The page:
Anyone who visits my home this time of the year would have to be blind not to realize how much I love Christmas. I put up five Christmas trees, I have photos of Christmases Past strewn about the house, there is a rather extensive Christmas village complete with pink flamingos in the little pond and I even switch the morning coffee cups out and replace them with mugs decorated like Santa’s face. So, yeah, Christmas is celebrated with abandon at Casa Simonetti.
I blame this behavior on my father, a man who never met a whimsy he didn’t like.
But the true spirit of Christmas has nothing to do with Christmas trees, villages or decorated mugs. Christmas is about Goodwill to All. This I learned from Dorothy Reed.
Mrs. Reed and my mother met at an Officer’s Wives Club coffee in 1961 when my dad and Col. Reed were stationed with the Air Force in Klamath Falls, Oregon. The Reed’s lived two doors down from us in Base Housing. I have fond memories of times shared with the Reed family. Military life being what it is, the Reed’s were eventually sent in one direction and my family was sent in another. But when my dad and Col. Reed retired, both families landed in Sacramento and the friendships picked up again where they left off.
Mrs. Reed was originally from Wyoming and she was a common sense farm girl to her very core. She planted a vegetable garden that produced the sweetest tomatoes you have ever eaten. She baked cookies and made bread from scratch. She loved animals- there were always two or three dogs and cats running around their house. She was an artist, too- oil paintings as I recall. But the best part about Mrs. Reed was she was warm and friendly and always glad to see you. You always felt that the best part of Mrs. Reed’s day was the fact that you walked in her door. And she always had a pot of tea and freshly baked cookies ready just for you.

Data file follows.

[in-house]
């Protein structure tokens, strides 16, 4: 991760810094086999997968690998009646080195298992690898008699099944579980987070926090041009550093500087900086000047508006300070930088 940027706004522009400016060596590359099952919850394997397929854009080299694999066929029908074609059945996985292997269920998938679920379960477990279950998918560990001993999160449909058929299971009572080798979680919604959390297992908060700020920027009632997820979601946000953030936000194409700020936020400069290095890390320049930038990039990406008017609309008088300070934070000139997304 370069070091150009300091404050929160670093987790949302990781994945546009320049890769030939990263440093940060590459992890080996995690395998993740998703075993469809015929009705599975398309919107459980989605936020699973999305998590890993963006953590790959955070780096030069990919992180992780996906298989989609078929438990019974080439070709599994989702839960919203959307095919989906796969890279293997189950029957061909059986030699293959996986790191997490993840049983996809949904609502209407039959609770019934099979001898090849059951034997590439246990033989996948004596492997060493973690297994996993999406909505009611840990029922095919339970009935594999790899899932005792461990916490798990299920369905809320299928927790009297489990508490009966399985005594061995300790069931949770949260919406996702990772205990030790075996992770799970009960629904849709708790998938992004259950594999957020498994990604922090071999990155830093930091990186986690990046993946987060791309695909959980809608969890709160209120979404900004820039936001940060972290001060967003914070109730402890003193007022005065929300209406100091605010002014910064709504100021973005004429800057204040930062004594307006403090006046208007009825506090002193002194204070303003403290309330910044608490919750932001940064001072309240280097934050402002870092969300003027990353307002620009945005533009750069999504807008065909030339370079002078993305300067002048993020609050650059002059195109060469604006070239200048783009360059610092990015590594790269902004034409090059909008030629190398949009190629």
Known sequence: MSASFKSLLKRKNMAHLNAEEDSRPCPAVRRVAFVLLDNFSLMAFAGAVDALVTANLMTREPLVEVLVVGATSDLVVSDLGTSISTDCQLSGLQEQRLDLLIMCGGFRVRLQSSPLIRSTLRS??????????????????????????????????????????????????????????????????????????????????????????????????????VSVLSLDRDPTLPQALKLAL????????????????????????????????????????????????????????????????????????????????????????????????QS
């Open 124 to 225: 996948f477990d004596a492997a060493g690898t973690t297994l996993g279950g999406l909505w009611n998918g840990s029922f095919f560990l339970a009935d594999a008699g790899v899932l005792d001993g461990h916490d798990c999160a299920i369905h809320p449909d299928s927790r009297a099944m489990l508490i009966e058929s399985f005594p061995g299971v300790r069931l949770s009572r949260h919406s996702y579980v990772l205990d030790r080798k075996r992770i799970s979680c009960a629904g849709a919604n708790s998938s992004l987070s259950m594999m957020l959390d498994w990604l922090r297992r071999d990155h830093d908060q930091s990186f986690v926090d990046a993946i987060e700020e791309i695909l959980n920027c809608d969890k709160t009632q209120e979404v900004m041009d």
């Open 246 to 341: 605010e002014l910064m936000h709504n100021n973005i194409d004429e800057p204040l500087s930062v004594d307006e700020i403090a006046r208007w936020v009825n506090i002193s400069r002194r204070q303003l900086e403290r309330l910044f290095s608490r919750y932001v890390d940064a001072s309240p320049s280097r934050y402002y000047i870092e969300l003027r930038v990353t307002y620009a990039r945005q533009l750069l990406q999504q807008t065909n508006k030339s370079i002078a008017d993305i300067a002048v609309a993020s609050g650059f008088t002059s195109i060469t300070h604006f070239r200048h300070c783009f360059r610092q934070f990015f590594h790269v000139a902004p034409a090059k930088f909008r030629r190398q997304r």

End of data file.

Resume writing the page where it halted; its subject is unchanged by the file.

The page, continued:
The Reeds were stationed in Germany a couple of times and their home boasted some fine antique sideboards and cuckoo clocks. They also adopted the German Christmas traditions. Mrs. Reed baked pfeffernusse and cinnamon cookies and made strudel. Colonel Reed made a mean hot cider and they opened their doors to friends and family every year for a Christmas party. Their decorated home looked like a scene out of a Nancy Meyers movie- all mistletoe and holly and tinsel and good cheer with nutcrackers lined up like soldiers on the piano. The sideboards groaned with ham and turkey and and fixin’s. The desserts went on forever. People came and stayed for hours. It was magical.
Col. and Mrs. Reed were the perfect hosts, chatting with everyone in every corner of the house. But when the doorbell rang they met at the front door and greeted their guests together. They had the timing down perfectly, it was like watching a dance of a couple who had danced together forever.
One year the party was in full swing when the Reeds entered the living room with a young couple in tow. Mrs. Reed got the crowd’s attention by putting two fingers in her mouth and letting out a whistle loud enough to call the cows in from the pasture (remember, she was a farm girl). Everyone shut up. And wondered what this was all about.